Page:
SSRI and Polysaccharides
In recent years, new supplements have become available for people seeking optimal health or relief from disorders such as depression. Polysaccharides have shown promise for many users in promoting overall health and for treatment of specific disorders. Many people suffering from depression may wish to pursue additional treatment options which focus on their symptoms.
Selective serotonin reuptake inhibitors, also known as SSRIs, are a fairly new type of antidepressant medications. When Prozac first entered the marketplace in 1987 it made a huge impact. The realm of serotonin SSRI treatment has become more crowded over the past 20 years and other known products include Celexa, Lexapro, Paxil and Zoloft.
When a Temporary Mood Becomes Depression
Depression is typically a term relating to one's mood. A downturn in mood, which may be relatively transitory and could be touched-off by something trivial, is typically referred to as momentary depression. Clinical depression is marked by symptoms that last for two weeks or more and carry effects that are severe enough to interfere with daily living. In the psychiatric field, depression can also refer to a mental illness that is so challenging as to warrant a diagnosis. Situational depression, based on a specific life occurrence can lead to either type of depression.
Interestingly enough, there are several medicines, the SSRIs, apparently able to treat depression, and yet the medical, pharmacological and psychiatric fields will all disclose that they still have questions about how SSRIs affect depression. The focus on treatments has to do with neurotransmitters, as there is substantial research indicating that mood is tied in to these chemicals found in the brain.
Bridging the Gap With Neurotransmitters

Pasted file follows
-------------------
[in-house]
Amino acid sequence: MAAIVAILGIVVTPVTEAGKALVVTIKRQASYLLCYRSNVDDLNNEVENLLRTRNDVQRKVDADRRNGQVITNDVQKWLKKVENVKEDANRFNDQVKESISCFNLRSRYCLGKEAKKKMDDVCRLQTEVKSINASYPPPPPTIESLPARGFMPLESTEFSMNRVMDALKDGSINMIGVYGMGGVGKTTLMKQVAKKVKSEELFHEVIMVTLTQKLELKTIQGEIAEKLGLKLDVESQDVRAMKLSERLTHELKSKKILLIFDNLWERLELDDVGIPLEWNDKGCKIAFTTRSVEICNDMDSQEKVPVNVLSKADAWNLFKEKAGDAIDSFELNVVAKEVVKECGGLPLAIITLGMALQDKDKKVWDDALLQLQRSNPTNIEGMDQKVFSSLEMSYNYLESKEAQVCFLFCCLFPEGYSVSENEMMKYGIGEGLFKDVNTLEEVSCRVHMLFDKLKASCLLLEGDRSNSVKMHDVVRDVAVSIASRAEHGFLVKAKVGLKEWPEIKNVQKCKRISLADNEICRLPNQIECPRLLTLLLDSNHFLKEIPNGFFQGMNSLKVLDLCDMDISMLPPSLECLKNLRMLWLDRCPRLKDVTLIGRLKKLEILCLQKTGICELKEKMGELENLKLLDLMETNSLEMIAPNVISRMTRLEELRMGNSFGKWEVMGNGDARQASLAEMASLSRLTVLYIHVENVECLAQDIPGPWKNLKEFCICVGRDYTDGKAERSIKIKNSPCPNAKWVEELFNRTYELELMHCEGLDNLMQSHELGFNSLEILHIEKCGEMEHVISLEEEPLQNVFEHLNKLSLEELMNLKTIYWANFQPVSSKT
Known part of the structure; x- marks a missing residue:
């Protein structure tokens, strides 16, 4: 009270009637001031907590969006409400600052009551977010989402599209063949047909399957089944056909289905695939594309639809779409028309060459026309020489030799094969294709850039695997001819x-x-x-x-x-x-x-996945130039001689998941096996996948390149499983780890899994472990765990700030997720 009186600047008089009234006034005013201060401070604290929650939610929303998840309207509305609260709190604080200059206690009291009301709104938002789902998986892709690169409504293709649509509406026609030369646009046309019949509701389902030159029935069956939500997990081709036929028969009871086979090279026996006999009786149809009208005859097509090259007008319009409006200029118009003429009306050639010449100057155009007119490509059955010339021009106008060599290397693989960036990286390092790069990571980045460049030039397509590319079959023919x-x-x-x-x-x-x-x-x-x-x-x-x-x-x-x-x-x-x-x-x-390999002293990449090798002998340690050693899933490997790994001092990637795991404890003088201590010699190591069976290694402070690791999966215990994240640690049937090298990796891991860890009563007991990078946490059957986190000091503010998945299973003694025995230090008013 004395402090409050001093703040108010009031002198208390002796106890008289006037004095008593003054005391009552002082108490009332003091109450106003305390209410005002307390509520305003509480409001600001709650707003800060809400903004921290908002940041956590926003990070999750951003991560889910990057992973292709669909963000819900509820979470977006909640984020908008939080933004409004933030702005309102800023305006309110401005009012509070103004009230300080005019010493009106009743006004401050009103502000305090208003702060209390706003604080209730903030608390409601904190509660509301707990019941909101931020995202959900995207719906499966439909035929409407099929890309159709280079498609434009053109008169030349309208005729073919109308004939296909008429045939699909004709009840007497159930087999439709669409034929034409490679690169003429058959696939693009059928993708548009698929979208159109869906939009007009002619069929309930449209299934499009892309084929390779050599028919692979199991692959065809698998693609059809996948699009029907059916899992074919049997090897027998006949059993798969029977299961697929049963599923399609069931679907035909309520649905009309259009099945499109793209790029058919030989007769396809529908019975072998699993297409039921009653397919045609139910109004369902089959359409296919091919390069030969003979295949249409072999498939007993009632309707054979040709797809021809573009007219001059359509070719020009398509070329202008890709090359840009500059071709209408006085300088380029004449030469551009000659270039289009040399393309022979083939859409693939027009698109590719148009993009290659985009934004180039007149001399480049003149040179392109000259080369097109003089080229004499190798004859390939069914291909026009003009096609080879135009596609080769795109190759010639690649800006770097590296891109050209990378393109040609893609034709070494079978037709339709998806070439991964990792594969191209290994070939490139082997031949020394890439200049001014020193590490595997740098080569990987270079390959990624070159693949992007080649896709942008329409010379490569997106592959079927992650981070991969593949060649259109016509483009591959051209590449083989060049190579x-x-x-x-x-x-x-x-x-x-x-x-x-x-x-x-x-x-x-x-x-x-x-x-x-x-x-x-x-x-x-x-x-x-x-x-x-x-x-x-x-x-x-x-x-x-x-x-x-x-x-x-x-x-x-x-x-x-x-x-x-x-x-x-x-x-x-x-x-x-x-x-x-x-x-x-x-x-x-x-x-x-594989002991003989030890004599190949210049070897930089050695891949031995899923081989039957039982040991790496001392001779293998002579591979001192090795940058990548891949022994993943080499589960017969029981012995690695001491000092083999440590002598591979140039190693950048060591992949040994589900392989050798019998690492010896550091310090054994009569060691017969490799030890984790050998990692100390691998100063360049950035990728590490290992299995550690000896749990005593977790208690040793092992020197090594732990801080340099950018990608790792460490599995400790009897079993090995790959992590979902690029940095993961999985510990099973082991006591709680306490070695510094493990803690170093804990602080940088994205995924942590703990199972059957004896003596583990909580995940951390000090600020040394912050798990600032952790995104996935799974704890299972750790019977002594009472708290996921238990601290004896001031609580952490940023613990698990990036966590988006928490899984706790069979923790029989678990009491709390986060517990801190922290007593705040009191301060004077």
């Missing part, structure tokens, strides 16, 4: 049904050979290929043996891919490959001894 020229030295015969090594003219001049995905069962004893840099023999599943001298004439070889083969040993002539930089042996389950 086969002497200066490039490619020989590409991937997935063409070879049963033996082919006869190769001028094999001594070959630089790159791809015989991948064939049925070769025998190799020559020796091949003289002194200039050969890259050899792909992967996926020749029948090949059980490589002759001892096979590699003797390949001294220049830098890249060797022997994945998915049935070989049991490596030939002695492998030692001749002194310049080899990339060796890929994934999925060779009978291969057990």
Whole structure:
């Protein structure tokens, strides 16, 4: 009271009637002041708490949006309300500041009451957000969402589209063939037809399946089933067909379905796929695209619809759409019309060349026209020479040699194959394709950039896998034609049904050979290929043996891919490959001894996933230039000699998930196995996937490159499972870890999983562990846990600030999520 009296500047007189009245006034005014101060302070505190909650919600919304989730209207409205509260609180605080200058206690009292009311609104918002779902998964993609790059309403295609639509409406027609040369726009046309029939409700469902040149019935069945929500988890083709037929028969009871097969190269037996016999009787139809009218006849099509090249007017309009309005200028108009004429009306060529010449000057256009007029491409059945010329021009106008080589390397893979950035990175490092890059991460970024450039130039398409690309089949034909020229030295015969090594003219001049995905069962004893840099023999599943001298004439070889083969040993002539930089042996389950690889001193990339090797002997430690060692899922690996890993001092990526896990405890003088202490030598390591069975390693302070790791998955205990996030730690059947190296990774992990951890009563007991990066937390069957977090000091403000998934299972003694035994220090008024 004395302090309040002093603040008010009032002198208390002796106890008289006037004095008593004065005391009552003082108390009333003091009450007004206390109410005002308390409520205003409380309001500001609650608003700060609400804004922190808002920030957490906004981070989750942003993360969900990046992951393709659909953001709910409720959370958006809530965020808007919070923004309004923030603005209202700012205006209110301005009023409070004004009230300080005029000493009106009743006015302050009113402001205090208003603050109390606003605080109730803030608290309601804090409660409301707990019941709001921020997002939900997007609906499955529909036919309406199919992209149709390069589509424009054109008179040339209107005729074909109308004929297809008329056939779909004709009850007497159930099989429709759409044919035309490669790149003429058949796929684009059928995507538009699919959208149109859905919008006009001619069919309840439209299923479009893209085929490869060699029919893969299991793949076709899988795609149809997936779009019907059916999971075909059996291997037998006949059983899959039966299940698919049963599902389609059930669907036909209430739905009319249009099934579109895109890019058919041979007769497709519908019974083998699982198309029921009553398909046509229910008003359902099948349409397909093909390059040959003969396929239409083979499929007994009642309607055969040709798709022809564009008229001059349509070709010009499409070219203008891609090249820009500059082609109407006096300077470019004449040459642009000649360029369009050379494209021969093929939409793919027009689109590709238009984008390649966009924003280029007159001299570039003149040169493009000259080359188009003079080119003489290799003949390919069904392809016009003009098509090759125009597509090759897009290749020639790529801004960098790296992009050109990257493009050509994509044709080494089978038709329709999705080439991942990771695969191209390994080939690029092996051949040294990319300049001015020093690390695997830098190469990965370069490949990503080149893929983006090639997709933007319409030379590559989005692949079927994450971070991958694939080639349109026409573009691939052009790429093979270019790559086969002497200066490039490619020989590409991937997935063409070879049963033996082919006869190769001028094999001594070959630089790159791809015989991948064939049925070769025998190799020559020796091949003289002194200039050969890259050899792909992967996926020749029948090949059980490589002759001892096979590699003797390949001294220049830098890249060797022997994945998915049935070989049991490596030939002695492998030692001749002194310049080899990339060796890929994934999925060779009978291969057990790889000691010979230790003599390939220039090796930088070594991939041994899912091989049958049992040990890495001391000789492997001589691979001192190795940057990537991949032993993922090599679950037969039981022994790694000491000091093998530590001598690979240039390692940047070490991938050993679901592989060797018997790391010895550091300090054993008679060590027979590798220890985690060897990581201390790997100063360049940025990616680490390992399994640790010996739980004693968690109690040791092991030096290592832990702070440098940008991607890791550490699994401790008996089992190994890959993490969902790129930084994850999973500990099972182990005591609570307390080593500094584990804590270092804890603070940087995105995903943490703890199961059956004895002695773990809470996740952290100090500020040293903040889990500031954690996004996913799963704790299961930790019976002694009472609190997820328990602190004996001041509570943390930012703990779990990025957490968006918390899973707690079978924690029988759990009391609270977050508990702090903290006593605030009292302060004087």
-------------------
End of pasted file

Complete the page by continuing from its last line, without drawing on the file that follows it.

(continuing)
The human brain has about 10 billion brain cells and each brain cell can have as many as 25,000 connections with other cells. Messages, which direct many functions throughout your body, travel through the brain from cell to cell, through these connections. In order for these signals to move from a sending cell to a receiving cell, they must cross a small gap called the synapse.
At the end, or tips, of the sending cells there are chemicals called neurotransmitters that help the signal cross this gap. Serotonin is one such neurotransmitter, a very important one that helps regulate mood, emotions and other body functions. After the serotonin has done its job, it is reabsorbed by the sending cell and is soon back in position to help with the next nerve signal.
By blocking the reabsorption of the serotonin, SSRIs are able to prevent and relieve symptoms of depression. This is the reason behind the "selective" portion the overall title of the drug class, 'selective serotonin reuptake inhibitors'. There are other neurotransmitters not affected by this process.
Regulation of Serotonin Shows Promise
When the serotonin is not accepted by the nerve cell (in a process known as reuptake), it will most often remain in that synaptic gap between two cells where it can continue to assist with the process of neurotransmission. The data that supports this is not staggering, yet it is fairly convincing; 60% of those treated with SSRIs report improvements in mood. The appropriate SSRI option will be either an extended release formulation or a controlled release version. The benefits of the controlled release (CR) option is that a single dose will serve for a day or even a week. This form of medicine releases a prescribe does into your body at a given time. This can eliminate part of the risk of forgetting to take a dose.
Whether addressing specific disorders such as anxiety or pursuing overall health, Polysaccharides and SSRI supplements can be an integral part of a comprehensive treatment strategy. Consulting a physician will insure proper dosage and highlight any possible drug interactions.